Not all ‘occupied territories’ are equal for the BBC

As readers are no doubt well aware the BBC rarely, if ever, passes up on an opportunity to remind its audiences that certain geographical areas appearing in its coverage are “occupied territories” or “occupied Palestinian land” and that “settlements are illegal under international law”. The BBC’s ‘style guide’ on “Israel and the Palestinians” has instructions for its journalists on the topic – including:Style Guide

“Israel occupied East Jerusalem in 1967. A law in 1980 formalised an administrative measure tantamount to the annexation of land taken as a result of the 1967 War. The claim to East Jerusalem is not recognised internationally. Instead, under international law, East Jerusalem is considered to be occupied territory. […]

The BBC should say East Jerusalem is ‘occupied’ if it is relevant to the context of the story. For example: “Israel has occupied East Jerusalem since 1967. It annexed the area in 1980 and sees it as its exclusive domain. Under international law the area is considered to be occupied territory.”” 

And:

“The phrase ‘Occupied Territories’ refers to East Jerusalem, the West Bank and strictly speaking the Golan Heights. However, it is common usage for this phrase to refer to the West Bank as a whole and not the Golan Heights (unless it is in a story specifically on the 1967 War or Syrian/Israeli relations).    

This is our preferred description. It is advisable to avoid trying to find another formula, although the phrase ‘occupied West Bank’ can also be used. It is, however, also advisable not to overuse the phrase within a single report in case it is seen as expressing support for one side’s view.”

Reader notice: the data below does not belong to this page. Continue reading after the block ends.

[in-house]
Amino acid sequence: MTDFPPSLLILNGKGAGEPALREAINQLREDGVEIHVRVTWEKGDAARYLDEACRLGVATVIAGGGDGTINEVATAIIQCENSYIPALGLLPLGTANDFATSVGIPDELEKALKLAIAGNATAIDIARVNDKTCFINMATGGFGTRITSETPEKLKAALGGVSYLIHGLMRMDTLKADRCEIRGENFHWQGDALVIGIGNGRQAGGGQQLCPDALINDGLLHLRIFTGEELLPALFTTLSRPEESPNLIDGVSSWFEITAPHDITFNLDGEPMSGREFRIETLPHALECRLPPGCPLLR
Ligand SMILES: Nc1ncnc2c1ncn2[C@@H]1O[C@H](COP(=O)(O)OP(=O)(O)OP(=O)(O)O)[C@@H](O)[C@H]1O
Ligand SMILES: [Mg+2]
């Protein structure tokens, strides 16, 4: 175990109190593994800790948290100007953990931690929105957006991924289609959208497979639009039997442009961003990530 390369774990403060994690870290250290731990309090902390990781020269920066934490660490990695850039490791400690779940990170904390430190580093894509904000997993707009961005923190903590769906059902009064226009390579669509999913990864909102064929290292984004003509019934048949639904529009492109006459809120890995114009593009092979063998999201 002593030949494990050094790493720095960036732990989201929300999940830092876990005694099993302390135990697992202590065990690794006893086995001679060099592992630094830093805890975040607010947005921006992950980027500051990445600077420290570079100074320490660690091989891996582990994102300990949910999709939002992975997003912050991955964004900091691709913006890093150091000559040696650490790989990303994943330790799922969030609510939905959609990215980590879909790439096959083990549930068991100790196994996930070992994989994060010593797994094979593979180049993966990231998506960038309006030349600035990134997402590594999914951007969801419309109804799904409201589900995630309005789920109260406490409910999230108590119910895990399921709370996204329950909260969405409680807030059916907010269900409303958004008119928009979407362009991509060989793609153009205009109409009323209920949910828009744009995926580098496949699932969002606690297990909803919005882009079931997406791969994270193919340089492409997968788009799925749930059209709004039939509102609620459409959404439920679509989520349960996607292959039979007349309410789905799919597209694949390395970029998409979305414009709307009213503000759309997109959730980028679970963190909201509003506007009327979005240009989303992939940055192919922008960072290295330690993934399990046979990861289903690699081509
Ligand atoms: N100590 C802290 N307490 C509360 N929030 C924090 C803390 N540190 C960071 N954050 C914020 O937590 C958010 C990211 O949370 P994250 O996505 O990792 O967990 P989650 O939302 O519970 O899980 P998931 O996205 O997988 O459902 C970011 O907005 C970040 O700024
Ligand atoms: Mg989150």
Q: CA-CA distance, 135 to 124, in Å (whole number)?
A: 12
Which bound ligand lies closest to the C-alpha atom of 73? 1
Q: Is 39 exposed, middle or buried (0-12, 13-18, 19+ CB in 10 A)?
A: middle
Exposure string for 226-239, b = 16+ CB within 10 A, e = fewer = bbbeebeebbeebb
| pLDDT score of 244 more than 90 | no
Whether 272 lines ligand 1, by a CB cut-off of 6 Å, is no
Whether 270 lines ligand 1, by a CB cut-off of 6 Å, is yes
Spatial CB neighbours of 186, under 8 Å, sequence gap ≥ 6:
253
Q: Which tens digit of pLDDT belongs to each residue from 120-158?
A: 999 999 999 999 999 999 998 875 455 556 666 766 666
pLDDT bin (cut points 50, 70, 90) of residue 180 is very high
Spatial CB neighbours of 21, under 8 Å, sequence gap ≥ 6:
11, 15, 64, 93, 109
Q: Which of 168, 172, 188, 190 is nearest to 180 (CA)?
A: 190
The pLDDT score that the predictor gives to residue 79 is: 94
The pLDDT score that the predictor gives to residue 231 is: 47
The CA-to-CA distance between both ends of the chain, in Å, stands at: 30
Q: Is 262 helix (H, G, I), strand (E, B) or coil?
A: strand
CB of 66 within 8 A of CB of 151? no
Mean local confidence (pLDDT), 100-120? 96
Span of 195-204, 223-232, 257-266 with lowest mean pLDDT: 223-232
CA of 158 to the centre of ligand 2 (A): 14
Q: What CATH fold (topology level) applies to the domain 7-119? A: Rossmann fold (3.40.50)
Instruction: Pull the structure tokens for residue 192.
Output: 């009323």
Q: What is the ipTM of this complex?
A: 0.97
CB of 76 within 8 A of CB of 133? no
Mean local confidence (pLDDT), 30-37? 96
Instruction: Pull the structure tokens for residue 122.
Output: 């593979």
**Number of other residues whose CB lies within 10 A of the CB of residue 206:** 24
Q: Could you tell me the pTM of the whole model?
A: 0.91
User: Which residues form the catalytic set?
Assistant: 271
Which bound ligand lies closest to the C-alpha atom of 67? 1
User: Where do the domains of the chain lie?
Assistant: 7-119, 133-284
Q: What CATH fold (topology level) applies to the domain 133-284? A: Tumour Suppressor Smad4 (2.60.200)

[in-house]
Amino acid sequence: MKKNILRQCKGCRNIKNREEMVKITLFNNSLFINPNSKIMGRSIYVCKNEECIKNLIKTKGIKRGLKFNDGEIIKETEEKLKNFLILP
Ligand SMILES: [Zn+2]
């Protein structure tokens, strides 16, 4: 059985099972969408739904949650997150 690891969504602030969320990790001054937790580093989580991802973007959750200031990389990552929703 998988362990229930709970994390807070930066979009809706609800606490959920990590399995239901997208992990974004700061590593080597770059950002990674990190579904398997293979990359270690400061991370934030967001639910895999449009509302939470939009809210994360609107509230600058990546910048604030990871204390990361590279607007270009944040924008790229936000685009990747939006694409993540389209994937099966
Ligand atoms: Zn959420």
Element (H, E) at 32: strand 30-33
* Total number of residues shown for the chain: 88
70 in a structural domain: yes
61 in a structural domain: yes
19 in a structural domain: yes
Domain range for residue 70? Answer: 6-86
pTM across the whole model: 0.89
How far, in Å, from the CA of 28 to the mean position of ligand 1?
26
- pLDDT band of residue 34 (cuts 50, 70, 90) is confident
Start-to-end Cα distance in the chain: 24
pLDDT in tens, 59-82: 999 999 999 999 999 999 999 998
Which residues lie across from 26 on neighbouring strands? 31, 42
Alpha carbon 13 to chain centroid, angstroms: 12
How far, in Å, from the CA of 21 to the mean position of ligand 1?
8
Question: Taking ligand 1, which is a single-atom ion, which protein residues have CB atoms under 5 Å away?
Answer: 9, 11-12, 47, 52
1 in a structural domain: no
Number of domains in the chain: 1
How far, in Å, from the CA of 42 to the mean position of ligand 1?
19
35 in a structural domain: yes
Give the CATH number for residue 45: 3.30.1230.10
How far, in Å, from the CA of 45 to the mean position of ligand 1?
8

Apparently though, no comparable instructions are available to BBC journalists writing about Cyprus – at least if an article which appeared on the BBC News website on April 26th under the title “Mustafa Akinci wins northern Cyprus presidential election” is anything to go by.

The word ‘occupied’ did not appear in that report at all: readers are merely told that Turkey ‘controls’ the northern part of Cyprus.

“Voters in Turkish-controlled northern Cyprus have elected Mustafa Akinci as their new president.”

Audiences are also informed that:

“The island was divided in 1974 by a Turkish invasion staged in response to a short-lived Greek-inspired coup staged to secure a union with Greece. In 1983 the Turkish-held area declared itself the Turkish Republic of Northern Cyprus.”

No mention is made of the fact (noted in the BBC’s Cyprus profile) that the only country to recognize the Turkish Republic of Northern Cyprus is Turkey and of course there is no reference in the report(or the profile) to “illegal settlements” or “international law” despite the fact that it was Turkish state policy to facilitate and encourage the immigration of Turkish nationals to the island during the latter half of the 1970s.

Can it really be that the BBC has only issued specific guidelines on the ‘correct’ terminology to be used when reporting on one of the world’s many conflicts?  

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